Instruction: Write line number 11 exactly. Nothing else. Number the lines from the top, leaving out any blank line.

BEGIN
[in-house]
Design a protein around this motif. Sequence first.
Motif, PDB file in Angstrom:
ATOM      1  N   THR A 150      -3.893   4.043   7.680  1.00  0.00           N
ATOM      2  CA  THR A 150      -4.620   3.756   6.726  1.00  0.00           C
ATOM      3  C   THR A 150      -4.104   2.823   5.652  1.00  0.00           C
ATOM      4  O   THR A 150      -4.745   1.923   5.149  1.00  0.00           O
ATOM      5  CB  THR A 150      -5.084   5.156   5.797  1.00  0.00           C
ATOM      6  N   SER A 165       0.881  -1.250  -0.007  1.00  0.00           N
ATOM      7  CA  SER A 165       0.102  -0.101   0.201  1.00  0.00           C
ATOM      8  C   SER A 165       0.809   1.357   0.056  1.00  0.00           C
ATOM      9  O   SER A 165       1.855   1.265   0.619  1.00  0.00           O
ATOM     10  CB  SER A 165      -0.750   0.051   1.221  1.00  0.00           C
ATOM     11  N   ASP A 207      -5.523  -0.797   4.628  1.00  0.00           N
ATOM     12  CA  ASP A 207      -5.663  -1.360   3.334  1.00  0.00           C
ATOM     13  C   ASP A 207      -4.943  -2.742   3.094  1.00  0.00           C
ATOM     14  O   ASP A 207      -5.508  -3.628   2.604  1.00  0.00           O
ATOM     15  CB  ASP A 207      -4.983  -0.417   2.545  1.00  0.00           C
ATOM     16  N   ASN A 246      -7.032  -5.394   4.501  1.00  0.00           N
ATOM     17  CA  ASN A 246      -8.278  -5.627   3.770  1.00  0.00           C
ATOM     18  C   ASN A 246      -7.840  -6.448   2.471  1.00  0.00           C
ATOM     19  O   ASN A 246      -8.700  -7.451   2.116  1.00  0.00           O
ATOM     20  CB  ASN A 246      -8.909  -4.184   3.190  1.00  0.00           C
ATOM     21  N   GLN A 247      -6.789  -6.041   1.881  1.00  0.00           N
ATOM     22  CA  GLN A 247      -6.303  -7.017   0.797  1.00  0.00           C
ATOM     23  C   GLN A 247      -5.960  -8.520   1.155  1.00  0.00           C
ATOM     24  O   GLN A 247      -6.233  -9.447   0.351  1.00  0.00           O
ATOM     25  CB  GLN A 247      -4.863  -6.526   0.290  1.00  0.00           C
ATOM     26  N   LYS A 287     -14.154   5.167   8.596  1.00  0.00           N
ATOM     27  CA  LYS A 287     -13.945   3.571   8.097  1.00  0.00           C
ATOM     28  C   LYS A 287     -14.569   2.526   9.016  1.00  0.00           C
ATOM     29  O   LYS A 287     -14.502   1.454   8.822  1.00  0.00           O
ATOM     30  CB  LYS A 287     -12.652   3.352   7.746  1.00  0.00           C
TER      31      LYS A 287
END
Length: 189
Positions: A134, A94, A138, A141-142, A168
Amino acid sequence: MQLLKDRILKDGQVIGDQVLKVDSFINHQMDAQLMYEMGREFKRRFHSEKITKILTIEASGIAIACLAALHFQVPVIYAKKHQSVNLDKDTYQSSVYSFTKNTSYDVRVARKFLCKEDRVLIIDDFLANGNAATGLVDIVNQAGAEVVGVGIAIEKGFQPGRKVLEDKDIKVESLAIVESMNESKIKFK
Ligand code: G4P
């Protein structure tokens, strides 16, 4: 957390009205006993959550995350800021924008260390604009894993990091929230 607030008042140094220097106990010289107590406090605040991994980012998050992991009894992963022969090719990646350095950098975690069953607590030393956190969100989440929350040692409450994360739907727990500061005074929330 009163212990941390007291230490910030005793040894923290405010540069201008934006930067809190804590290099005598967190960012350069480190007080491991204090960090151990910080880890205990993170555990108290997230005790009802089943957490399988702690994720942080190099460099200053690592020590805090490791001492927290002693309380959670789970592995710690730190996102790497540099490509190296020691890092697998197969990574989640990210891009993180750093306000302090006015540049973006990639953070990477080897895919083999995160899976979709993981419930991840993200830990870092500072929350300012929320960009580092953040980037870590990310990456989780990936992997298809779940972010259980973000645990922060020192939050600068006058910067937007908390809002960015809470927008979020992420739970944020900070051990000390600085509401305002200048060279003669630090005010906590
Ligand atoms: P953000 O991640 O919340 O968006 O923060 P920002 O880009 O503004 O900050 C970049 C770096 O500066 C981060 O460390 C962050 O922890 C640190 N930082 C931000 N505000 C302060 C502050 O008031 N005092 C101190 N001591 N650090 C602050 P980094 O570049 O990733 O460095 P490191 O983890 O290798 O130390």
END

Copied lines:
ATOM      8  C   SER A 165       0.809   1.357   0.056  1.00  0.00           C